Fight the Real Enemy

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axisweasels.jpg

I'm always disappointed when I miss moments like this and have to rely on Media Matters for recaps. Nonetheless, here's Fox News Live host Page Hopkins asking the most constructive question imaginable about the conflict in Lebanon: Dude, what's up with those smelly French people?

We thought they were gone, but the so-called "Axis of Weasels" appears to be back. Why do they see this conflict in such a different way?

Our European allies seem to be splitting along some of the same lines as they did in the Iraq conflict. Does—does this tell us that there is a permanent change in our diplomatic landscape, in terms of who we can count on and who we can't?

The "Axis of Weasels" was the New York Post's name for France and Germany for "wimping out" and not joining the glorious invasion of Iraq. I suppose you have to be a true believer—or at least someone interested in NewsCorp synergy (it owns the Post and Fox News)—to still think France and Germany got the raw end of what happened in March 2003.

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  1. Will Rupert Murdoch & Co. please explain how the current situation in Lebanon is appreciably different from the last time that Israel invaded? Maybe the youth of the Fox News Channel means that nobody on its staff can recognise the parallels and see that there is little to be gained from Israel’s (excessive) use of force.

  2. Maybe there’s more to the link, but I don’t see any reference to France and Germany “losing” in their dodging of Iraq. I think the complaint is that they are freeloaders.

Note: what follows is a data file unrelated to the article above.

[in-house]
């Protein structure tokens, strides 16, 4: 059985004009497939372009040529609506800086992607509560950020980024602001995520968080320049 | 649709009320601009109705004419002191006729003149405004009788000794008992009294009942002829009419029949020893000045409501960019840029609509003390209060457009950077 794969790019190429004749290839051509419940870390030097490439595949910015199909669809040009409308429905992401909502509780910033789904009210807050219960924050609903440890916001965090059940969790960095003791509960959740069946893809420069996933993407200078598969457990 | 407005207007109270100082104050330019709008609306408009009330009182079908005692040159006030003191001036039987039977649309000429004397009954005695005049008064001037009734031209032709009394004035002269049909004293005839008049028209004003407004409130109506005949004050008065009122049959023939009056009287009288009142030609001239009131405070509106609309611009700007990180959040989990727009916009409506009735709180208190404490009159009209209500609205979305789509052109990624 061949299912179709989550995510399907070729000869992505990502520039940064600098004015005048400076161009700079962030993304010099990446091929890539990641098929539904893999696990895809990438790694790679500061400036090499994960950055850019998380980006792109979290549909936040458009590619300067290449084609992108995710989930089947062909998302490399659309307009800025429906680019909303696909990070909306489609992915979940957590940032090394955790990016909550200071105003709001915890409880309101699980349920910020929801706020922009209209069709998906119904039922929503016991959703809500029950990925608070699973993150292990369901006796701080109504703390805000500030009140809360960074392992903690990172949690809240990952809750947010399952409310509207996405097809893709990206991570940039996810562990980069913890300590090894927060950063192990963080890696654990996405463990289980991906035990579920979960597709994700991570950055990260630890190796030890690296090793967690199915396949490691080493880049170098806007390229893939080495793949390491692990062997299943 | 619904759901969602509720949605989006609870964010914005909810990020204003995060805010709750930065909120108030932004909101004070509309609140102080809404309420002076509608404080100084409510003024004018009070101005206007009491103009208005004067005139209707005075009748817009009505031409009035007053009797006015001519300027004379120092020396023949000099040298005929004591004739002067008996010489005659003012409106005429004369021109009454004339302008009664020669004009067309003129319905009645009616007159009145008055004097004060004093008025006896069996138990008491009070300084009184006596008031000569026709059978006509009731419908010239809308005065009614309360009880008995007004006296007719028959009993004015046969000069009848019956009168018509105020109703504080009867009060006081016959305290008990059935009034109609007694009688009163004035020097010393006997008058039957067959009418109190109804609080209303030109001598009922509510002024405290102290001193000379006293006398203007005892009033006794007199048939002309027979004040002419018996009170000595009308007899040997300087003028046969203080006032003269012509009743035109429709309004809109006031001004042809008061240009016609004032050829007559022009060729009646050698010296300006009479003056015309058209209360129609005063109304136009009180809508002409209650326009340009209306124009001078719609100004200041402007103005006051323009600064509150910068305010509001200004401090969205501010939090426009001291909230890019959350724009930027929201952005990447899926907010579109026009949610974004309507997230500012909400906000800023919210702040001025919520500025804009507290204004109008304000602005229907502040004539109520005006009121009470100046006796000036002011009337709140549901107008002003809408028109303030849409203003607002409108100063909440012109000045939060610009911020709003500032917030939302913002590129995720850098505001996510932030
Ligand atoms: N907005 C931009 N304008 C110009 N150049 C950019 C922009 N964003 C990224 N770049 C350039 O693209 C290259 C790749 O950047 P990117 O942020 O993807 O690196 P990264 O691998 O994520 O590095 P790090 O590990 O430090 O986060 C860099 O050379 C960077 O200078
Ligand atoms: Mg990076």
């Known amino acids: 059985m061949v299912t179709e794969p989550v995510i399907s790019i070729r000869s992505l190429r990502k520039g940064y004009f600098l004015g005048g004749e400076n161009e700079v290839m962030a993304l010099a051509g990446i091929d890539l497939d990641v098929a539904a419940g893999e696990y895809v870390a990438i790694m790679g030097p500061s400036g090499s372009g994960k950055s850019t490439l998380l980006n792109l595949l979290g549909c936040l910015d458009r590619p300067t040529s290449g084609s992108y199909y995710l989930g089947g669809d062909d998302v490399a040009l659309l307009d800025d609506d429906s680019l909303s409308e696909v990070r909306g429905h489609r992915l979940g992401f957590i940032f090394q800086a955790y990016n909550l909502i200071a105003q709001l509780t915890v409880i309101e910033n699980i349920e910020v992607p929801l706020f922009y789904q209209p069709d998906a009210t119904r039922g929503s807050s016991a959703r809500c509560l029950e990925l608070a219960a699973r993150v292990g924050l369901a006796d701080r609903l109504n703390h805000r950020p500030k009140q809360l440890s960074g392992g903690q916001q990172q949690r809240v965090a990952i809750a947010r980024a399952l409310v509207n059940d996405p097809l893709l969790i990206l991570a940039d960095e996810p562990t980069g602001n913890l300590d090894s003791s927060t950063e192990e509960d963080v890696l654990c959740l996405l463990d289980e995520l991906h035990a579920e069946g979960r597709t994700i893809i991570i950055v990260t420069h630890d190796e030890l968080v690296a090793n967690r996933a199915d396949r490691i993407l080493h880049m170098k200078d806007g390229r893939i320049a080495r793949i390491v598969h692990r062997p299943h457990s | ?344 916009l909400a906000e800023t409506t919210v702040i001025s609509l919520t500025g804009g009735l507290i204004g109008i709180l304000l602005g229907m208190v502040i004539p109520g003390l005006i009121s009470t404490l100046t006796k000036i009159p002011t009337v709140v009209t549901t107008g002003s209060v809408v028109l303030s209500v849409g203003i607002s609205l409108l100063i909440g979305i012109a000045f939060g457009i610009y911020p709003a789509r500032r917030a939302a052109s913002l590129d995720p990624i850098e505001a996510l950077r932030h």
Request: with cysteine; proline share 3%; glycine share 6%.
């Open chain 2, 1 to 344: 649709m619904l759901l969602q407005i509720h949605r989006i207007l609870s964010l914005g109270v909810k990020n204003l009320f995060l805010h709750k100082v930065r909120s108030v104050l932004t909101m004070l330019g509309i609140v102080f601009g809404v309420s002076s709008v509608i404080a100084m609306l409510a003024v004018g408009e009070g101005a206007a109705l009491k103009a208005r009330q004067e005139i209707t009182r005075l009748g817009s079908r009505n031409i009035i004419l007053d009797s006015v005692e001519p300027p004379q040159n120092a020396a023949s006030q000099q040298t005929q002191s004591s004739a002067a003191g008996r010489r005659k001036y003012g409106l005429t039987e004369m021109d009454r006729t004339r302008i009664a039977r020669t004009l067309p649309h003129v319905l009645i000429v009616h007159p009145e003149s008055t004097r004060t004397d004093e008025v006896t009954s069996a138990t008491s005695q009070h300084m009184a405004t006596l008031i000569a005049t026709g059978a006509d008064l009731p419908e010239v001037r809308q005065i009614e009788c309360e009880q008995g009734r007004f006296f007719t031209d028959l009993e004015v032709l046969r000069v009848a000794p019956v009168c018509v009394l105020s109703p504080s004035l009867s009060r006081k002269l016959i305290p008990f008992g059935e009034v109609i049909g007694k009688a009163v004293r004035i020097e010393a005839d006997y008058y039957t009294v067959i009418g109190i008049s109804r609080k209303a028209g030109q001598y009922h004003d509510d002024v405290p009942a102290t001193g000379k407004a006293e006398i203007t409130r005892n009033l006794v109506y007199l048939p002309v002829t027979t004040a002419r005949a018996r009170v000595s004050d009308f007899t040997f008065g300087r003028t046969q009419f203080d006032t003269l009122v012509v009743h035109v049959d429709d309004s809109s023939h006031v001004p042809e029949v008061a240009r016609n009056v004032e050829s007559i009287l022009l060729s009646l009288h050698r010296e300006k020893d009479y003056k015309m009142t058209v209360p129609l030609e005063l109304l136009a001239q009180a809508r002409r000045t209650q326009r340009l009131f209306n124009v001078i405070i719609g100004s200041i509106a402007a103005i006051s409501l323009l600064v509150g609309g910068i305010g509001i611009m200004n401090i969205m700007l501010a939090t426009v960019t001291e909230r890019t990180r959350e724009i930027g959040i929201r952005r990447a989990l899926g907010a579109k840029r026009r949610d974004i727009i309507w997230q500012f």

Hmmm, I suppose you recommend something different, like withdrawal and a ceasefire? Because THAT works so well.

  3. I agree that there is little to be gained, but I would submit that by not using excessive force, there is much to lose. That’s the dimension of this conflict that the West fails to understand. There are no good options for Israel. Peace is unatainable. All they can do is manage the situation as best they can (bomb S. Lebanon back to the stone ages) and hope that eventually, some day, their enemies develop the capacity for rational thought.

  4. Bubba:

    Where do you get “freeloaders”? Um, I think that the “weasel” implication was that they were wimps. Wait, it wasn’t an implication at all…it was on the front page of the New York Post! Click the link. There’s a big difference between “wimp” and “freeloader”. The other “complaint” is that we can’t “count on them” to jump on every single bloody bandwagon.

    In other words, when Hopkins says,

    “[…]does this tell us that there is a permanent change in our diplomatic landscape, in terms of who we can count on and who we can’t?

    she is “complaining” that they don’t agree with us, that we can’t “count on them”. So, when it comes to Iraq, David sayeth,

    “I suppose you have to be a true believer – or at least someone interested in NewsCorp synergy (it owns the Post and Fox News) – to still think France and Germany got the raw end of what happened in March 2003.”

    Raw end. As in, raw end of a deal. And given that France and Germany refused to send troops and support for the war on Iraq, I’d say that David’s choice of wording is apt. Hopkins’ implication was that they “backed the wrong horse” in Iraq, and they’re doing the same here—Weigel refutes that implication pretty succinctly, and no, it has nothing to do with “freeloading”.

  5. I think the complaint is that they are freeloaders.

    You mean they’re getting all the rich and amazing benefits of the invasion of Iraq without putting in any effort? Wow, that is shameful.

  6. “You mean they’re getting all the rich and amazing benefits of the invasion of Iraq without putting in any effort? Wow, that is shameful.”

    But, but…he gassed his own people!!!